Until October 24, 1946 humankind had no true vision of what the space beyond our atmosphere looked like. The first photograph of space was taken by a 35mm camera attached to a V-2 missile launched from the New Mexico desert. This first image read like a sonogram — grains of black and white, the rim of Earth, its surface rendered in dim clusters of speck and gray. With a patient eye the continents appeared. The clouds above the land.
Space exists as a reality and an idea — we can now see the expanse of planets with some clarity, yet questions and assumptions still remain. In his series ‘Other Seas / Other Suns,’ Irish illustrator Matt Griffin gives us an expressionist’s take on the vast unknown. Griffin pulls his illustrations from the supposed beyond, not the NASA-grade images that can measure distance and time.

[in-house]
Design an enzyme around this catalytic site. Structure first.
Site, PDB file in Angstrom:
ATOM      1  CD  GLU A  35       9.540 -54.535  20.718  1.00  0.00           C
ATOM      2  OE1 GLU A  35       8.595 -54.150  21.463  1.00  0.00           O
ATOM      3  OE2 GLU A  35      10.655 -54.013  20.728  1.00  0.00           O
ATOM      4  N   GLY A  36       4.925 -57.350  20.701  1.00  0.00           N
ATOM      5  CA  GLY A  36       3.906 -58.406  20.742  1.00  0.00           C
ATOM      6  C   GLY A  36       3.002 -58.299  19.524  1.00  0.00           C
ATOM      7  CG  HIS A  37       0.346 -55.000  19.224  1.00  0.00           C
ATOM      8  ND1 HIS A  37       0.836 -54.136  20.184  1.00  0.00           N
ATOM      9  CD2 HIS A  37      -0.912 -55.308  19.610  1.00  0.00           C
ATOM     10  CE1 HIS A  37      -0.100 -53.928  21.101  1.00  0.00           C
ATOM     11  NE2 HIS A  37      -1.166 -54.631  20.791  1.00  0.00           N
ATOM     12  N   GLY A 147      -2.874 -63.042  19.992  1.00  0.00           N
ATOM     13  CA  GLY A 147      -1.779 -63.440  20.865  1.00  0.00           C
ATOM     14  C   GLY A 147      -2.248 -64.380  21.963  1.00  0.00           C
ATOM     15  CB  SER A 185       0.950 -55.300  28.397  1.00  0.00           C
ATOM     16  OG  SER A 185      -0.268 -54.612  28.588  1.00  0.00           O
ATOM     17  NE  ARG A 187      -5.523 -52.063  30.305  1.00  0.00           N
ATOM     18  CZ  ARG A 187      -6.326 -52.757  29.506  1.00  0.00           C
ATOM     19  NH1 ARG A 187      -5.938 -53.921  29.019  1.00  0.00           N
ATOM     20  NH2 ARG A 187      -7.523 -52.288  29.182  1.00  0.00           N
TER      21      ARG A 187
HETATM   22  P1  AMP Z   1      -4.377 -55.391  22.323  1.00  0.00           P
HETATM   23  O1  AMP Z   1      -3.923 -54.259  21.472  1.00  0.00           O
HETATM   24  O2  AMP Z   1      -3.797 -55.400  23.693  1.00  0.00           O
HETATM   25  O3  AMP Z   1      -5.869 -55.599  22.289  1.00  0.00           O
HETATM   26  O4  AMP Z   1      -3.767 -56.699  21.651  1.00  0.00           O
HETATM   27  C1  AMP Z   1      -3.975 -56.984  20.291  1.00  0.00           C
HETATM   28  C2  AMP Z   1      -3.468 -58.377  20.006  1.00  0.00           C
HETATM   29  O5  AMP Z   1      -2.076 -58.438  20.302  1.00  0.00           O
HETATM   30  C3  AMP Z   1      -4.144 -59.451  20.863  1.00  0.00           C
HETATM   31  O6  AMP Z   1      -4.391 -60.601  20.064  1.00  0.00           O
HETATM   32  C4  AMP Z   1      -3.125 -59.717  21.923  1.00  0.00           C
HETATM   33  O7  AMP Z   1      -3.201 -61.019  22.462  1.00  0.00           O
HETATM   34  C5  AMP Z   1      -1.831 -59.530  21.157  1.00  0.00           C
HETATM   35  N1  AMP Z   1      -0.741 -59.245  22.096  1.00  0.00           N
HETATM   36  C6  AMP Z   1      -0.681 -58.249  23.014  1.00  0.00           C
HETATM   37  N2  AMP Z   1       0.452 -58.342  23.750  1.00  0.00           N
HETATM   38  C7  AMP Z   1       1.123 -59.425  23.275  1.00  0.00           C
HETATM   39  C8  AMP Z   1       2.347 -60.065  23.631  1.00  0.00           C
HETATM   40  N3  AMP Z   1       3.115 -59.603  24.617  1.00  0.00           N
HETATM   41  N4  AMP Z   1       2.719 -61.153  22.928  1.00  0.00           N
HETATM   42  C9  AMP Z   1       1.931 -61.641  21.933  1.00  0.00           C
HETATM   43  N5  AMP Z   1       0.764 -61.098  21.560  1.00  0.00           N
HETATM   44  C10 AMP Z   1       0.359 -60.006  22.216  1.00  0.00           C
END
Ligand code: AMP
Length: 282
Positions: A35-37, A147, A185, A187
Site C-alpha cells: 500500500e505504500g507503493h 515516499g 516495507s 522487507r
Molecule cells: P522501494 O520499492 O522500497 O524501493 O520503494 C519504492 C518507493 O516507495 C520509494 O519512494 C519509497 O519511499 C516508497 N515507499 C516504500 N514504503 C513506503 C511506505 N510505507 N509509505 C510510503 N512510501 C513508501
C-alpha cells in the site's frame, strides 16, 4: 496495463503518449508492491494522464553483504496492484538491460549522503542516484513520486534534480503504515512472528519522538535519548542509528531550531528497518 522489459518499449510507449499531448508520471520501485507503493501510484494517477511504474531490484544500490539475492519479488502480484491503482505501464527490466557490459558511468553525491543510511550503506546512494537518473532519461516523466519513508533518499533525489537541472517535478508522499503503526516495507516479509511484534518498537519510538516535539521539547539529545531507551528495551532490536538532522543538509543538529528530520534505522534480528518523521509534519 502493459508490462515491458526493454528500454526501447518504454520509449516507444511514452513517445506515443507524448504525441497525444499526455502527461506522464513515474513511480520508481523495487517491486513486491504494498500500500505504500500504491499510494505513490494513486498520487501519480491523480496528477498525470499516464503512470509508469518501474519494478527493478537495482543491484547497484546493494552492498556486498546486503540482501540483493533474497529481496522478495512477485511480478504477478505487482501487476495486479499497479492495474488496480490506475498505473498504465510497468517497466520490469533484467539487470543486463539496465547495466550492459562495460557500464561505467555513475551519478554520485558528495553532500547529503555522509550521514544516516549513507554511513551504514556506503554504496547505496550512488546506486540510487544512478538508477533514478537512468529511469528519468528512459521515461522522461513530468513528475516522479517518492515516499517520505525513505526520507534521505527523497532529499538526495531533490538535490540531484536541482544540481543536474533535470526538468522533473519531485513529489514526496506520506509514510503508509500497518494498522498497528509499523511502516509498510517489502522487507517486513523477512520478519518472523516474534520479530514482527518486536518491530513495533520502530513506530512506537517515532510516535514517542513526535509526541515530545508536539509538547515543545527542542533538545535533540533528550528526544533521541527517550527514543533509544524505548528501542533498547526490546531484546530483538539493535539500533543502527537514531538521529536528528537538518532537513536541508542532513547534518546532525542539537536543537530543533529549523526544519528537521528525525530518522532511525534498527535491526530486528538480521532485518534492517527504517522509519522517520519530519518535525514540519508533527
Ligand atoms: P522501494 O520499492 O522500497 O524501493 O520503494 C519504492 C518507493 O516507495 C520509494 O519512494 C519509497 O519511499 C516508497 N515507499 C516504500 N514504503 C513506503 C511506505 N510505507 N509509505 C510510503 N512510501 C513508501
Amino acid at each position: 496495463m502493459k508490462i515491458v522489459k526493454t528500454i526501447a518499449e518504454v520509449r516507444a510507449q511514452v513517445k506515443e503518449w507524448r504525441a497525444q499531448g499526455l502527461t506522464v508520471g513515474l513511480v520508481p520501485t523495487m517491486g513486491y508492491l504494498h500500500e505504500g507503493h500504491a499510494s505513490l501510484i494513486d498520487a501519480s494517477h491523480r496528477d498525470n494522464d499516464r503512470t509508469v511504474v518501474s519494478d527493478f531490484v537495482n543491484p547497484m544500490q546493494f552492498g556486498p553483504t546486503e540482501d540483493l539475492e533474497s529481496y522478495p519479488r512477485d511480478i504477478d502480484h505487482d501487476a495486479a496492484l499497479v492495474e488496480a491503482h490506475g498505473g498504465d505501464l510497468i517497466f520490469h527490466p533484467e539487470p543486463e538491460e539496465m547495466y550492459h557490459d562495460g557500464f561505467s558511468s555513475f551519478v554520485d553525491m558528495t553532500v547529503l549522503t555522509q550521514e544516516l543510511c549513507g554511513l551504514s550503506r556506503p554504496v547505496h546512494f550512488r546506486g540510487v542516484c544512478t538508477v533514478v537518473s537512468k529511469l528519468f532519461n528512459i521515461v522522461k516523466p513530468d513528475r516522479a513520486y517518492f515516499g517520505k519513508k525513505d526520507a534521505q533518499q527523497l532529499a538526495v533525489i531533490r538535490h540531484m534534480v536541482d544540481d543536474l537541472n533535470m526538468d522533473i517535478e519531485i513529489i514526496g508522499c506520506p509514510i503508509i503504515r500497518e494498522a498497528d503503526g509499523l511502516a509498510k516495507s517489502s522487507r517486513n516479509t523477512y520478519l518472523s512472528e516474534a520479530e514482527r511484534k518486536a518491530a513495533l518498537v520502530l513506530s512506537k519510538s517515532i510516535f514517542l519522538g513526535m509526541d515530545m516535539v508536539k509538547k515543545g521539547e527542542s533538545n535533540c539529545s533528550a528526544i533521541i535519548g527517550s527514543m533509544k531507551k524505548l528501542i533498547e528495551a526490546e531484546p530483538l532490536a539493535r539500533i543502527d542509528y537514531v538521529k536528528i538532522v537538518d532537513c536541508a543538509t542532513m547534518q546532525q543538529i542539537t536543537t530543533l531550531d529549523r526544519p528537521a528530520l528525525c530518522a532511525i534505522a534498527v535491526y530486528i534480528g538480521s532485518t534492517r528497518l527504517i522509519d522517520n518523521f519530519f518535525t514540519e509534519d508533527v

The series of illustrations acts as visuals for unwritten science-fiction. Griffin veers away from potential horror, opting to look for a strange yet organic other-world, one both vibrant and calm. His illustrations imply more than they make exact. Griffin’s take on space is connected back to that first image of Earth — it’s familiar yet alien, an intimate look at something that exists on a grand scale, placed on a canvas as an embryo, still growing, forming and with enough patience, you can see the end of the universe.